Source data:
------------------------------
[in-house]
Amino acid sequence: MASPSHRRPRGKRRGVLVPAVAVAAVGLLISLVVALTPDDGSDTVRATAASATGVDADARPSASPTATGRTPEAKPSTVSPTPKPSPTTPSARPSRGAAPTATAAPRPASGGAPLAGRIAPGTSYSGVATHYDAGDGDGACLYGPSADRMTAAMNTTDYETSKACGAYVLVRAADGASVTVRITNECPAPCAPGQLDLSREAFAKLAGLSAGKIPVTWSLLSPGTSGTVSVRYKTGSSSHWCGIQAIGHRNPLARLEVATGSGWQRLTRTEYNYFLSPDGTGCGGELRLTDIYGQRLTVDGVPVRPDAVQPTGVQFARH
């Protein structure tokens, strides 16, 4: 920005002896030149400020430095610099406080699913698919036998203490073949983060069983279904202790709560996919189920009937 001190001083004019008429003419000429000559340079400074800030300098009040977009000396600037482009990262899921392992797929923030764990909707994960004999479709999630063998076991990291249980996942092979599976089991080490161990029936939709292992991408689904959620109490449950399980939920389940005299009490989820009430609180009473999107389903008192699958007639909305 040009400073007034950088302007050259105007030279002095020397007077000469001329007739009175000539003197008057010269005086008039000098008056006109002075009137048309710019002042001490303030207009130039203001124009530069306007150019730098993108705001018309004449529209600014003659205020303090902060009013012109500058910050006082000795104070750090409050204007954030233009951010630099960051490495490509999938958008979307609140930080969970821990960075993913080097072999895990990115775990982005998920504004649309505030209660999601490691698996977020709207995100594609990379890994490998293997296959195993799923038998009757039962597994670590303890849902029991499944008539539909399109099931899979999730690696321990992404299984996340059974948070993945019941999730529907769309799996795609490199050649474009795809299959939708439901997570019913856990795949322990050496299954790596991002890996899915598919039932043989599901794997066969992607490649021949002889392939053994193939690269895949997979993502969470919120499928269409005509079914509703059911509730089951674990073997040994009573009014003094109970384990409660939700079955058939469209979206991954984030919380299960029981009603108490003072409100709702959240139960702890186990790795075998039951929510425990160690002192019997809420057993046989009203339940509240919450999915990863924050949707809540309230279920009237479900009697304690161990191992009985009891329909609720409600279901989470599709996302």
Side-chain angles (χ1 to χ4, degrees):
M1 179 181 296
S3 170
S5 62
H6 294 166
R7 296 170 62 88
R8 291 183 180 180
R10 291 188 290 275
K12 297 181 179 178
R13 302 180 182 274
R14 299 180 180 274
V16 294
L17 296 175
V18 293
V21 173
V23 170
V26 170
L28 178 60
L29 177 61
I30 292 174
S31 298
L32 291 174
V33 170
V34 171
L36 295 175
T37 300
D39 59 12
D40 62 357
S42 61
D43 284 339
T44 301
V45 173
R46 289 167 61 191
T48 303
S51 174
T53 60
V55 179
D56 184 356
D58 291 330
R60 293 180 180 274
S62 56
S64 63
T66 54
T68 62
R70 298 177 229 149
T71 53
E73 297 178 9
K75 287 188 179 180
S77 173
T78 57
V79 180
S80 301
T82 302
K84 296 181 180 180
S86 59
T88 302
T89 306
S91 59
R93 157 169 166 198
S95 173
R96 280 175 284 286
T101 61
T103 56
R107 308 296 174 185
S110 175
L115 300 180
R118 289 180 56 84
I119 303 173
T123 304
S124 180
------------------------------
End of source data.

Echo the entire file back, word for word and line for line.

[in-house]
Amino acid sequence: MASPSHRRPRGKRRGVLVPAVAVAAVGLLISLVVALTPDDGSDTVRATAASATGVDADARPSASPTATGRTPEAKPSTVSPTPKPSPTTPSARPSRGAAPTATAAPRPASGGAPLAGRIAPGTSYSGVATHYDAGDGDGACLYGPSADRMTAAMNTTDYETSKACGAYVLVRAADGASVTVRITNECPAPCAPGQLDLSREAFAKLAGLSAGKIPVTWSLLSPGTSGTVSVRYKTGSSSHWCGIQAIGHRNPLARLEVATGSGWQRLTRTEYNYFLSPDGTGCGGELRLTDIYGQRLTVDGVPVRPDAVQPTGVQFARH
């Protein structure tokens, strides 16, 4: 920005002896030149400020430095610099406080699913698919036998203490073949983060069983279904202790709560996919189920009937 001190001083004019008429003419000429000559340079400074800030300098009040977009000396600037482009990262899921392992797929923030764990909707994960004999479709999630063998076991990291249980996942092979599976089991080490161990029936939709292992991408689904959620109490449950399980939920389940005299009490989820009430609180009473999107389903008192699958007639909305 040009400073007034950088302007050259105007030279002095020397007077000469001329007739009175000539003197008057010269005086008039000098008056006109002075009137048309710019002042001490303030207009130039203001124009530069306007150019730098993108705001018309004449529209600014003659205020303090902060009013012109500058910050006082000795104070750090409050204007954030233009951010630099960051490495490509999938958008979307609140930080969970821990960075993913080097072999895990990115775990982005998920504004649309505030209660999601490691698996977020709207995100594609990379890994490998293997296959195993799923038998009757039962597994670590303890849902029991499944008539539909399109099931899979999730690696321990992404299984996340059974948070993945019941999730529907769309799996795609490199050649474009795809299959939708439901997570019913856990795949322990050496299954790596991002890996899915598919039932043989599901794997066969992607490649021949002889392939053994193939690269895949997979993502969470919120499928269409005509079914509703059911509730089951674990073997040994009573009014003094109970384990409660939700079955058939469209979206991954984030919380299960029981009603108490003072409100709702959240139960702890186990790795075998039951929510425990160690002192019997809420057993046989009203339940509240919450999915990863924050949707809540309230279920009237479900009697304690161990191992009985009891329909609720409600279901989470599709996302």
Side-chain angles (χ1 to χ4, degrees):
M1 179 181 296
S3 170
S5 62
H6 294 166
R7 296 170 62 88
R8 291 183 180 180
R10 291 188 290 275
K12 297 181 179 178
R13 302 180 182 274
R14 299 180 180 274
V16 294
L17 296 175
V18 293
V21 173
V23 170
V26 170
L28 178 60
L29 177 61
I30 292 174
S31 298
L32 291 174
V33 170
V34 171
L36 295 175
T37 300
D39 59 12
D40 62 357
S42 61
D43 284 339
T44 301
V45 173
R46 289 167 61 191
T48 303
S51 174
T53 60
V55 179
D56 184 356
D58 291 330
R60 293 180 180 274
S62 56
S64 63
T66 54
T68 62
R70 298 177 229 149
T71 53
E73 297 178 9
K75 287 188 179 180
S77 173
T78 57
V79 180
S80 301
T82 302
K84 296 181 180 180
S86 59
T88 302
T89 306
S91 59
R93 157 169 166 198
S95 173
R96 280 175 284 286
T101 61
T103 56
R107 308 296 174 185
S110 175
L115 300 180
R118 289 180 56 84
I119 303 173
T123 304
S124 180